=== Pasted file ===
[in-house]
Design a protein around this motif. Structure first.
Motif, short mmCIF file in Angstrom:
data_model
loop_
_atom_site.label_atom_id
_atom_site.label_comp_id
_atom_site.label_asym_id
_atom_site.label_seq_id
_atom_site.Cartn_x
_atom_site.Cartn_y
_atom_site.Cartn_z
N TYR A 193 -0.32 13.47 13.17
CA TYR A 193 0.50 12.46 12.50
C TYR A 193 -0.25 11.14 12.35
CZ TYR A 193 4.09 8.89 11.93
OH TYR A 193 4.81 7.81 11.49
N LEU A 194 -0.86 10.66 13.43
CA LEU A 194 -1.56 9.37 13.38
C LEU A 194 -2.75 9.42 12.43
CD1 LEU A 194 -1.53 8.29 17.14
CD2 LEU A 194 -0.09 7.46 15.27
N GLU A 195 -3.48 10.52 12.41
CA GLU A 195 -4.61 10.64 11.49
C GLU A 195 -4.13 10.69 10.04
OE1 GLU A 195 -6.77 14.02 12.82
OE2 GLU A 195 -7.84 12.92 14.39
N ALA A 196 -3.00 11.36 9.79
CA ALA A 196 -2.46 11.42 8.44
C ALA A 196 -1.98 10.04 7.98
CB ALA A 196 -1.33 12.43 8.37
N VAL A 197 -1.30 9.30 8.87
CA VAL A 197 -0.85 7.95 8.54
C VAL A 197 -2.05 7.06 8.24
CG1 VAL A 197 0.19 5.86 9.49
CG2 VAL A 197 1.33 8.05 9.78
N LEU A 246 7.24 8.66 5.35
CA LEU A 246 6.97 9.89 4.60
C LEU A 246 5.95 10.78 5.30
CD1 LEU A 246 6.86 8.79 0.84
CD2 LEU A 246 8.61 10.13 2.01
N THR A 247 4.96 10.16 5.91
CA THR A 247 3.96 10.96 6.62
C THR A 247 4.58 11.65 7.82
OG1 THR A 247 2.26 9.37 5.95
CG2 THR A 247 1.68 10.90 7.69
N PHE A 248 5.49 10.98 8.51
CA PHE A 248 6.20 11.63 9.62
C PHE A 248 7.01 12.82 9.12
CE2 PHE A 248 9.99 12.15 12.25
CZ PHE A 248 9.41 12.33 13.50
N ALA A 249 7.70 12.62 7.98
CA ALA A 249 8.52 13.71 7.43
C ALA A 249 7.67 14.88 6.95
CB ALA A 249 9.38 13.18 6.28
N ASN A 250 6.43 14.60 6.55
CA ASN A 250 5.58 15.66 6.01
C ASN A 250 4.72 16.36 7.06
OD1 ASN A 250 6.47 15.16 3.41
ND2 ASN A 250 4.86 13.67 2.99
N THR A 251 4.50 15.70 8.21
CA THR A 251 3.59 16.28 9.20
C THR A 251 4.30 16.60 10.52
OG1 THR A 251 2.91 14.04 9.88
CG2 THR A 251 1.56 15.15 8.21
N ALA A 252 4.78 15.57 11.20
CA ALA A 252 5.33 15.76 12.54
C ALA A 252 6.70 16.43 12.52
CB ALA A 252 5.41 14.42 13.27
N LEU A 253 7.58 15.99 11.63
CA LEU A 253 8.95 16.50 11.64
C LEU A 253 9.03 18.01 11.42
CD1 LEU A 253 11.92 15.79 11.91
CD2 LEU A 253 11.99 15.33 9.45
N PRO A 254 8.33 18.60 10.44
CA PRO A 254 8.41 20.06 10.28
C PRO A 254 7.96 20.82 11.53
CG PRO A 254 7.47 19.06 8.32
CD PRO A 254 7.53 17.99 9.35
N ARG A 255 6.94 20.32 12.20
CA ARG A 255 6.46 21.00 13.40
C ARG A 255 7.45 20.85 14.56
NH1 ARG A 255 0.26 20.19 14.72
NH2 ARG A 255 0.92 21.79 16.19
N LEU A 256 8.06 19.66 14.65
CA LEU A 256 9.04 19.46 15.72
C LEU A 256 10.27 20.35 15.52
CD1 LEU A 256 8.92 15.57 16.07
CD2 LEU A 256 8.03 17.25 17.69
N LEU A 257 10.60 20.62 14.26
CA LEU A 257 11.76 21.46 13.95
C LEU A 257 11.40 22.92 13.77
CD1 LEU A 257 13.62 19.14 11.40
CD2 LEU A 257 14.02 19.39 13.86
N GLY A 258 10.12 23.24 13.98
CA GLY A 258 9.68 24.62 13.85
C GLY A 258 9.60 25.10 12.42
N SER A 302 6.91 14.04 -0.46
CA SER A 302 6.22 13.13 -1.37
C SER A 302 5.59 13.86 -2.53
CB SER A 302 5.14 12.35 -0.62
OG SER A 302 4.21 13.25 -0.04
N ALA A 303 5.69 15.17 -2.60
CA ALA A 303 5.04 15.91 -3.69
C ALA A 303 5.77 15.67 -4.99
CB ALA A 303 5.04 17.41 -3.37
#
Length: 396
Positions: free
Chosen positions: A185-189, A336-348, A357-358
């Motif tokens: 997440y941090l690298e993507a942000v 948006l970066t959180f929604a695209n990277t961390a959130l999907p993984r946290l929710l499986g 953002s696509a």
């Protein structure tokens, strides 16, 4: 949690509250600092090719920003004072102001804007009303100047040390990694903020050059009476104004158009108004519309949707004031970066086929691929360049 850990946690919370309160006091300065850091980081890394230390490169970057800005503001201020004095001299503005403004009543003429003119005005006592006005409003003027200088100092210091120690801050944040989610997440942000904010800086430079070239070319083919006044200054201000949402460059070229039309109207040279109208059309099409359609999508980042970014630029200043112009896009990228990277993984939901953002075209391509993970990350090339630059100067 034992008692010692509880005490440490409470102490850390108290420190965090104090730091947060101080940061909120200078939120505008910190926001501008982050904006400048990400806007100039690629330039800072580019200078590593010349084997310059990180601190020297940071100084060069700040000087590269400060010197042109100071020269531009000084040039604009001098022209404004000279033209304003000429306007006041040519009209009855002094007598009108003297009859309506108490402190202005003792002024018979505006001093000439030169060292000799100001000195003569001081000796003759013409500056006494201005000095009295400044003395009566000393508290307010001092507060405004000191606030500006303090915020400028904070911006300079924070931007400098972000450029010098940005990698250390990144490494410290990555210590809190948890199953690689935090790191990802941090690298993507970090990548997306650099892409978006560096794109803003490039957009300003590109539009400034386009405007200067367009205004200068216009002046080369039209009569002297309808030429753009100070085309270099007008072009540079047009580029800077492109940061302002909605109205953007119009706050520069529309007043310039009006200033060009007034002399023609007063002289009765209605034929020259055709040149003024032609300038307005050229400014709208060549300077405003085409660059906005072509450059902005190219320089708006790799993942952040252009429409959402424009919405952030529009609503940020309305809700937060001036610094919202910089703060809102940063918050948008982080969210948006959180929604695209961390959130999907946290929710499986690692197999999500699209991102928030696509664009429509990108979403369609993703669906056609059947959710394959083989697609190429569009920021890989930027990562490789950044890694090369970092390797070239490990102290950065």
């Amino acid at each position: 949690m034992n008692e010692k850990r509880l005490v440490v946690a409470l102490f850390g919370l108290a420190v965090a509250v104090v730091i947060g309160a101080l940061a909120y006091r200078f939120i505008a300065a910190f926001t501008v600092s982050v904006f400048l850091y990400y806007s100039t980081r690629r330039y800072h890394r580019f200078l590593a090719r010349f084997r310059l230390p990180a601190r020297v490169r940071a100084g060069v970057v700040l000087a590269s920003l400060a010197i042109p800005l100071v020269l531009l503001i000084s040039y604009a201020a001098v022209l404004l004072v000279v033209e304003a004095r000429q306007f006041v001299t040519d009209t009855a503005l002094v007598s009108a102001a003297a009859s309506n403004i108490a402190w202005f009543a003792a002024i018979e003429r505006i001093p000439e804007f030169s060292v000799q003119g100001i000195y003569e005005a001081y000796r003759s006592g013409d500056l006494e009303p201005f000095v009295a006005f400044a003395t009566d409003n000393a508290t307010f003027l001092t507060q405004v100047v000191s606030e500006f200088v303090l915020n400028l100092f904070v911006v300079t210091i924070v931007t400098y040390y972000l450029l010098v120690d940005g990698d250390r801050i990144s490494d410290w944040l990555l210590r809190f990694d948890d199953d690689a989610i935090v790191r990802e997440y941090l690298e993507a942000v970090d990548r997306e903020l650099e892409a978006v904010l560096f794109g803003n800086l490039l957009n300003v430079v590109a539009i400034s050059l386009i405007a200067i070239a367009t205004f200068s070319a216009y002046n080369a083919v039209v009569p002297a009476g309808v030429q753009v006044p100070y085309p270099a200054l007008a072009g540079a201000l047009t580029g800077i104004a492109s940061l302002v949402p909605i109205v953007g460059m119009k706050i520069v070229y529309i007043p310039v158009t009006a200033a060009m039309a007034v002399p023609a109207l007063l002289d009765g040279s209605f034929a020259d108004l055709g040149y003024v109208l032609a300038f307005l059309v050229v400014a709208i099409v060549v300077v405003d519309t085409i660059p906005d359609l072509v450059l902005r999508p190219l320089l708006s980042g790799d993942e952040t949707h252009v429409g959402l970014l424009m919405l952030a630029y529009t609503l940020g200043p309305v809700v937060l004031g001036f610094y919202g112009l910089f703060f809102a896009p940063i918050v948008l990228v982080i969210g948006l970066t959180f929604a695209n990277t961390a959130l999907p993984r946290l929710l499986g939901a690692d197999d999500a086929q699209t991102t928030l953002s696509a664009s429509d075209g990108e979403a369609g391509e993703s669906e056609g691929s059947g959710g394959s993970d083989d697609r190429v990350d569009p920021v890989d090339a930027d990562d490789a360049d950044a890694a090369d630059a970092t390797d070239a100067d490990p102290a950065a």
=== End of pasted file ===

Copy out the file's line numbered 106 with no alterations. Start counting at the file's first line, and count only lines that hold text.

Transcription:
CB ALA A 303 5.04 17.41 -3.37